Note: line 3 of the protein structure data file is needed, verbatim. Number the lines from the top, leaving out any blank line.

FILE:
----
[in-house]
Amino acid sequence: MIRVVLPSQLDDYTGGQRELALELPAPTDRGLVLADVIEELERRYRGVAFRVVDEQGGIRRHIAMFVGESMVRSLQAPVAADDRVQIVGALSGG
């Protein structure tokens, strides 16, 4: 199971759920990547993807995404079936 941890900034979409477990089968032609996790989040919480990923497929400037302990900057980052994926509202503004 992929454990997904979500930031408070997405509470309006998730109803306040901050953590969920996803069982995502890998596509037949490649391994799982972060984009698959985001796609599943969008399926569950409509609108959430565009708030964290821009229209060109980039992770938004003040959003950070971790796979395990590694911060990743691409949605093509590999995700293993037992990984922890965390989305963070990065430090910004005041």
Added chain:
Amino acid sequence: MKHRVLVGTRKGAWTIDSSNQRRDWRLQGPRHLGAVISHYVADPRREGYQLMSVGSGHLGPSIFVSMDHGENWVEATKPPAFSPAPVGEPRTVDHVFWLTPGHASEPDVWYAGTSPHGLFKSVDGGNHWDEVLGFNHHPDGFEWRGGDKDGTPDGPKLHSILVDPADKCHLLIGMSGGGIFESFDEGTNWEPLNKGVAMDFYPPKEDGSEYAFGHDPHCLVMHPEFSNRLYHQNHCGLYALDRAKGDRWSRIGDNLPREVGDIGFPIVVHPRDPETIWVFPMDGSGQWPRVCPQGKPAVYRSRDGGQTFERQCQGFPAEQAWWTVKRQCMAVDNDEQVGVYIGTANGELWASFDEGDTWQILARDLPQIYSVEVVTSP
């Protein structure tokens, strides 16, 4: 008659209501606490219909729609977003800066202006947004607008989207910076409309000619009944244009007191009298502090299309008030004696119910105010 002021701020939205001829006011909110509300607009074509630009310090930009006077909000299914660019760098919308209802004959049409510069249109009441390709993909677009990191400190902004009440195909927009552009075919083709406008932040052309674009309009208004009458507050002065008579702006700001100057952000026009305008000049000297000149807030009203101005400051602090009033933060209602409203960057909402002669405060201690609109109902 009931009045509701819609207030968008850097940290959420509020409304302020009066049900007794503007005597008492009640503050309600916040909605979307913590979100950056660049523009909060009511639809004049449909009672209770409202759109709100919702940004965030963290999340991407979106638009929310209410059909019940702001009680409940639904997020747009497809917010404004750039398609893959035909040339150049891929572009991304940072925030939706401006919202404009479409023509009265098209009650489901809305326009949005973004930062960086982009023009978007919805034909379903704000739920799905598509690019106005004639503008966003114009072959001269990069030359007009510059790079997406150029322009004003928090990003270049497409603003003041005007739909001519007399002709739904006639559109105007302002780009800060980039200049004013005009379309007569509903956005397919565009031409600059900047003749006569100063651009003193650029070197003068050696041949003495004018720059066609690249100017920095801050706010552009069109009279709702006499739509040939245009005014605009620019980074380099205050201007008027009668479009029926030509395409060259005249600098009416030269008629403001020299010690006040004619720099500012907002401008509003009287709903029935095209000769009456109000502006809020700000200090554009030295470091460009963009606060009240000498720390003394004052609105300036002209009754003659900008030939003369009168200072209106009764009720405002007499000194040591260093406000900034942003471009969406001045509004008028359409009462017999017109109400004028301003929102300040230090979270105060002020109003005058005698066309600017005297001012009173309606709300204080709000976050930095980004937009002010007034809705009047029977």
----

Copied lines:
């Protein structure tokens, strides 16, 4: 199971759920990547993807995404079936 941890900034979409477990089968032609996790989040919480990923497929400037302990900057980052994926509202503004 992929454990997904979500930031408070997405509470309006998730109803306040901050953590969920996803069982995502890998596509037949490649391994799982972060984009698959985001796609599943969008399926569950409509609108959430565009708030964290821009229209060109980039992770938004003040959003950070971790796979395990590694911060990743691409949605093509590999995700293993037992990984922890965390989305963070990065430090910004005041």